Out of the corner of his eye he caught a dark form on the surface of the water. He was pretty sure it hadn’t been there a moment before. A clump of kelp? No, a swimmer, making for the shore, an arm slapping the water, then drifting, as if scanning the bottom, like a snorkeler without a snorkel, but then, not. The swimmer undulated with the passing swell. The lack of muscle tension signaled to Jeff that something was wrong. He stood to watch, expecting the swimmer’s arm to rise to slap the water again, or his head to turn for a breath, but nothing happened. He went to flag a lifeguard, but the towers were shuttered. Up and down the beach there was only a single woman jogging, too distant to take notice.
He hadn’t yet faced a moment like this in his life, one in which he knew, with certainty, that the crisis at hand was his alone to handle. One during which he wished for the intercession of the god he didn’t believe in, or anyone who might know what to do, or even someone as clueless and panicked as himself who could by their presence share the burden. It was one of those crucial moments, one which when reflected on wouldn’t be laughed off but would send a chill up his spine, because even if he felt that he had no choice, that anyone would have done what he did in that situation, he would have to acknowledge that he was being tested, because in truth he could have given up, could have despaired, could have walked away, could have pretended he hadn’t seen what he’d seen, could have subtracted himself from the scene, told himself that he wasn’t even there, that he’d left a moment too early or arrived a moment too late, that the predicament had not in fact fallen in his lap but only grazed him as it passed undisturbed and unaddressed, left to unfold by itself, as nature might have intended.
I pointed out that one’s interceding or not could equally represent fate, that letting nature take its course could include any number of interventions, since we ourselves were inseparable from nature.
He considered this for a moment, seemed about to reply, and sipped his beer instead.
The water was so cold, he continued, after he’d polished off the beer and fetched another, that it took his breath away. He felt like he was unable to get enough air into his lungs. Nevertheless, he made for the body, stomping through the shallows in his under-wear and T-shirt, and then swimming, thinking that the man was probably okay, that he was being foolish, that the man would pop his head up at any moment and bring to an end what would for-ever become an embarrassing story about Jeff’s tendency to jump to conclusions, to act before considering consequences. These thoughts alternated, round-robin, with others, equally powerful and clear, that this man was dead and had been dead a long time and was only drifting to shore. But hadn’t he seen an arm slap the water?
The cold bit into his hands and feet, and though he swam with his head up, he tasted seawater with every stroke. When he reached the body he hesitated to touch it. What if it sprang to life and dragged him down with the last of its energy, as drowning people were said to do? He took hold of a shoulder and tried to flip the man onto his back, but without being able to touch the bottom, he couldn’t get the leverage he needed. He grabbed the man’s hand and towed him the short distance to shore, swimming an awkward one-armed breast stroke, scanning the beach for anyone he could call on for help. At the inshore ditch he went underwater and shoved the body from below, using a ripple of swell to propel it onto the sand. It rolled, came to rest on its back, limbs folded awkwardly as if it had fallen from a height.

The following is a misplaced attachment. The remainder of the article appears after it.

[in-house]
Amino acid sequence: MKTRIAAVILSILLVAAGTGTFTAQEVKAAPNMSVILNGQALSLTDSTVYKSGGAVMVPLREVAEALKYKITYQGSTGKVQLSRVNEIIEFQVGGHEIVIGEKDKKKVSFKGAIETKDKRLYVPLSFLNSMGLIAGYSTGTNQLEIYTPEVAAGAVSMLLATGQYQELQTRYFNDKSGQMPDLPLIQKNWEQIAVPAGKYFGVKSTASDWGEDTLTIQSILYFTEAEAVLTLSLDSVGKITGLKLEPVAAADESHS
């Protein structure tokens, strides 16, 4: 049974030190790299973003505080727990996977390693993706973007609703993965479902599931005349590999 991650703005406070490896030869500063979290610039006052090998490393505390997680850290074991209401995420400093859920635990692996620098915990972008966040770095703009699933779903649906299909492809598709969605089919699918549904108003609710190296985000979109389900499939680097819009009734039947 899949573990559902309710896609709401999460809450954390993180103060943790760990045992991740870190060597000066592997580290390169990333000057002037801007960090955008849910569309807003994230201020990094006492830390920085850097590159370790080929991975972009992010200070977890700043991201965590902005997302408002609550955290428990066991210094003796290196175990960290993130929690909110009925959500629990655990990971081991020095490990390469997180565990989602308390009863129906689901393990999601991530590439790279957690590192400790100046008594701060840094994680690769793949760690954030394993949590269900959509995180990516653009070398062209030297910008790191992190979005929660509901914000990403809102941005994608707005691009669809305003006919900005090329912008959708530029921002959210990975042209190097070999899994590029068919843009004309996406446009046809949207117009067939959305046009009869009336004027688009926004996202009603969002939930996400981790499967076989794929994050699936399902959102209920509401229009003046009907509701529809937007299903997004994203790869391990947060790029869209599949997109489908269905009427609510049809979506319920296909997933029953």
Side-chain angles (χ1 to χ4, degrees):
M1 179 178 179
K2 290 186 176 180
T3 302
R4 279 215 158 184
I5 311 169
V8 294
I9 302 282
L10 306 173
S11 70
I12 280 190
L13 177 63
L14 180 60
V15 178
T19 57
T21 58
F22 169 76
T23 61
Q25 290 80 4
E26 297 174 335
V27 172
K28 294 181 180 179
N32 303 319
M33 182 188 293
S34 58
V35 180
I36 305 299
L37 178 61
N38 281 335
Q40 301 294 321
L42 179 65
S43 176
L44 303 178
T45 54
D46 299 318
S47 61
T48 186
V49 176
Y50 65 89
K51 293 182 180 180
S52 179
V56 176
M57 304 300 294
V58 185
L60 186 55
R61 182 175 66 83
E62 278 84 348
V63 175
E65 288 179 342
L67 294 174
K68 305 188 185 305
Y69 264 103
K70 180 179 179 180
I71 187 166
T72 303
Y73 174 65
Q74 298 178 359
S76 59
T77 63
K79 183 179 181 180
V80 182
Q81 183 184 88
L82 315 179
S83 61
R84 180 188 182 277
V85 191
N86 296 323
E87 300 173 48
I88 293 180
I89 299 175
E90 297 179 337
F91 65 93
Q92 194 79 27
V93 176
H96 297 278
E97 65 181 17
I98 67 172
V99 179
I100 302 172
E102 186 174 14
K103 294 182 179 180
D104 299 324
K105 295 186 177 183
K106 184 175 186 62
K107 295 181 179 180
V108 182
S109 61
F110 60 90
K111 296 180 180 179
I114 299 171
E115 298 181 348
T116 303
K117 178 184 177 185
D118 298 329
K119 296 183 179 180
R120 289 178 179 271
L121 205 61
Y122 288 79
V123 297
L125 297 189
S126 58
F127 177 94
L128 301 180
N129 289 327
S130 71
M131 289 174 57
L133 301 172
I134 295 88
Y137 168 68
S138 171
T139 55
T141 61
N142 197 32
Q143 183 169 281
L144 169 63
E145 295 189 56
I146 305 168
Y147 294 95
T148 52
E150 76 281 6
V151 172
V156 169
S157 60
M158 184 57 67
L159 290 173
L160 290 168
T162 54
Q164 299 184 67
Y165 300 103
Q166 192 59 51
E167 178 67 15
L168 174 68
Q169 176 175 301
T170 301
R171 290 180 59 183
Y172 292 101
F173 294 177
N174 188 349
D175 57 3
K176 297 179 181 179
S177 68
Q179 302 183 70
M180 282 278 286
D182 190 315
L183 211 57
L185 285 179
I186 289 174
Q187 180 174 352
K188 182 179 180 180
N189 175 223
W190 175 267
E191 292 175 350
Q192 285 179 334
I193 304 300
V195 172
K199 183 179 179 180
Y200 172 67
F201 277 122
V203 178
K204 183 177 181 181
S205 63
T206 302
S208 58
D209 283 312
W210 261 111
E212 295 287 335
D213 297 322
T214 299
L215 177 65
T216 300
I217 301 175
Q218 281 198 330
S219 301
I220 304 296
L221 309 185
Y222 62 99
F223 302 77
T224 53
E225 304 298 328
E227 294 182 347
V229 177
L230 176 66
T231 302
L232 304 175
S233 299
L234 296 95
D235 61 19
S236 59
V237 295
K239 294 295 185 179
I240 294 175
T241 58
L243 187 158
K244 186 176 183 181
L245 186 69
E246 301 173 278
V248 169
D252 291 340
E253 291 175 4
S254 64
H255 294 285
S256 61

He stood before it. A middle-aged man in a slick swimmer’s wetsuit, tinted goggles, bluish skin, purple lips. He had thought of him as both a he and an it, a man and a body, but now the form on the sand had resolved into a human being, a he, definitively. No sign of breathing, and he had no idea how to take a pulse. He didn’t dare remove the goggles for fear of revealing eyes wide open but unseeing.
He dragged him away from the water’s edge, wavelets erasing the track he left in the sand. The jogger was closer now but not yet upon them. The closest telephone was at the beach lot. If he had run back then to dial 911 would anyone have blamed him?
He had seen CPR on television but had no idea how it was really done. He put his hands on the man’s chest, locked his el-bows, and pumped. The sternum felt like a spring-loaded plate. Water leaked from the side of the man’s slack mouth. He counted the compressions uselessly, not knowing when to stop. He knew what came next and didn’t hesitate. The lips were cold, the stubble rough. He blew into the man’s mouth and water sprayed onto his cheek. He had neglected to pinch the nose.
The chest rose and fell with his breath, but only as a bellows fills and empties. The skin looked no less blue. A feeling of disgust threatened to overtake him, spurred by the idea that he wouldn’t be able to save this man, meaning he wasn’t breathing air into a human being who needed help but into a corpse.
The jogger appeared, stopping in her tracks twenty feet away. He cried at her to get help and she ran toward the highway.
He returned to pumping the chest. Something cracked under the heel of his hand, and with each subsequent compression he could feel the break in the bone.
Salt water poured thick and foamy from the man’s mouth. Nobody would have blamed Jeff for giving up. He wiped the foam aside with the back of his hand and breathed for the swimmer again, trying not to retch. Then to the sternum, the compressions, trying to put out of his mind the feeling of bone scraping against bone.
A seagull stood in the sand not five feet away, watching, its eye black like a wet seed.
Excerpted from Mouth to Mouth by Antoine Wilson. Used with permission of the publisher, Avid Reader Press. Copyright © 2022.